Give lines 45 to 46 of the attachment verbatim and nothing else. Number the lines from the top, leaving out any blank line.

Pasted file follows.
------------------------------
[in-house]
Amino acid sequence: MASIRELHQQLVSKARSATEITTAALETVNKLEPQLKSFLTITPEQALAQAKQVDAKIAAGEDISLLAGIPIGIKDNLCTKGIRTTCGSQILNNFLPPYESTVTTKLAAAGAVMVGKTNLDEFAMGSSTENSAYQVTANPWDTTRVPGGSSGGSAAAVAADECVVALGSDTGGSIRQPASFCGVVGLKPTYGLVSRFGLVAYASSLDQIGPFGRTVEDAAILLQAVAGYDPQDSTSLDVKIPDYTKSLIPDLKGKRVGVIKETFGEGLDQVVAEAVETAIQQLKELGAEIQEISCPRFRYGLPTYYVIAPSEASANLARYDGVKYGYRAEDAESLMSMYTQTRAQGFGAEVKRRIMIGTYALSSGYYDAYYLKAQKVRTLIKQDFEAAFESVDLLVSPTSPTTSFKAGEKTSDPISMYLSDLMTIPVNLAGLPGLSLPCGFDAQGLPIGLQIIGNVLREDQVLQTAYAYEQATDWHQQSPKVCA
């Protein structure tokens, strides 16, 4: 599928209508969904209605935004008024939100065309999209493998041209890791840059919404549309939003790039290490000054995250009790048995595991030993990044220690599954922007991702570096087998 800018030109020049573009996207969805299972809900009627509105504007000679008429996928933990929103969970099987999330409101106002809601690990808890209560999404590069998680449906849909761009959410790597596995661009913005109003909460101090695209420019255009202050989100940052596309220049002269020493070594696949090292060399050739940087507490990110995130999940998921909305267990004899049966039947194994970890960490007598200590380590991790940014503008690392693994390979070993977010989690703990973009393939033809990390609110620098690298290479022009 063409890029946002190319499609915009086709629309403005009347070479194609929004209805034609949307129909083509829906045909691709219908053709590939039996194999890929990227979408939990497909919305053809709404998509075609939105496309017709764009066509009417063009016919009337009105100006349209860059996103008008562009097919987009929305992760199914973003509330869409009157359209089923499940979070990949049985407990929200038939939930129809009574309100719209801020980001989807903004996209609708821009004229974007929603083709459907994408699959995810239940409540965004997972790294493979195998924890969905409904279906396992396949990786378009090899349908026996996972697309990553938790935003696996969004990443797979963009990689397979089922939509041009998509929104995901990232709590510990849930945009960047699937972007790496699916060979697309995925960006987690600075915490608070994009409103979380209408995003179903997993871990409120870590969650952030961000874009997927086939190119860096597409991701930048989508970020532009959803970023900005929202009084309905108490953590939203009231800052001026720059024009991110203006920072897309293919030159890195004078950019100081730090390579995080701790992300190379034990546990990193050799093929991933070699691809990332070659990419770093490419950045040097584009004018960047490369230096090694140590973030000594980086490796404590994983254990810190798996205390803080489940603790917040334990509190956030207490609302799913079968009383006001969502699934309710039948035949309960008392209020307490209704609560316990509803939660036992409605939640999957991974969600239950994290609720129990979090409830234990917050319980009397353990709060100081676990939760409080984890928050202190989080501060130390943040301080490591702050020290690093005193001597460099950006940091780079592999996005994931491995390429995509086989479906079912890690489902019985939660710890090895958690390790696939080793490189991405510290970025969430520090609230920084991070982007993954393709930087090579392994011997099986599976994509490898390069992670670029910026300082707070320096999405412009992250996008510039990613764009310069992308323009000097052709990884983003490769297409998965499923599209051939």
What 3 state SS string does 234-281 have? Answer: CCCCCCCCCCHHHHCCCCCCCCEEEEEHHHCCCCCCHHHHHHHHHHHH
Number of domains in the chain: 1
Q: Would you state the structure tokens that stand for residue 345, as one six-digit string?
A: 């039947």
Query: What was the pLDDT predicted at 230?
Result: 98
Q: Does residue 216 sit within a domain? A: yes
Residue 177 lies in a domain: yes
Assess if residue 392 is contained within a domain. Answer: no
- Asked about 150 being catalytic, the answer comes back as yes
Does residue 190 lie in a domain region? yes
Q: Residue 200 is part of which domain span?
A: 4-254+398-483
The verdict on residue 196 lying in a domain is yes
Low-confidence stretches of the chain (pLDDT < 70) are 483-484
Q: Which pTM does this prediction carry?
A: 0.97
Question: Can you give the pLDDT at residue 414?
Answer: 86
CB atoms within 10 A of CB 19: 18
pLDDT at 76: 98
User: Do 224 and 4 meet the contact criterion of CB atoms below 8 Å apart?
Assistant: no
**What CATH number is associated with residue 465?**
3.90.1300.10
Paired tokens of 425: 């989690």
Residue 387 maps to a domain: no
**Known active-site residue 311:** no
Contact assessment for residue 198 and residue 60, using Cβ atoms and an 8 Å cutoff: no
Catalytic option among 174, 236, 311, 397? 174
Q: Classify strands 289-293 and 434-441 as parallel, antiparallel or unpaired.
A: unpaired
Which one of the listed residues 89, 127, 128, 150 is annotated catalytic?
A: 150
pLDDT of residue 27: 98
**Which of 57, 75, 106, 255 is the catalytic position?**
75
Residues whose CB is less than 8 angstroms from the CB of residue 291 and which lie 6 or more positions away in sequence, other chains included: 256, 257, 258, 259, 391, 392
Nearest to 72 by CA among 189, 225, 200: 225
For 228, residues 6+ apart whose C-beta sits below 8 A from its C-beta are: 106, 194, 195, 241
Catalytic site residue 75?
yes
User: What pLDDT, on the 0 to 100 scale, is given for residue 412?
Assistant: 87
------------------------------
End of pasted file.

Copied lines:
yes
User: What pLDDT, on the 0 to 100 scale, is given for residue 412?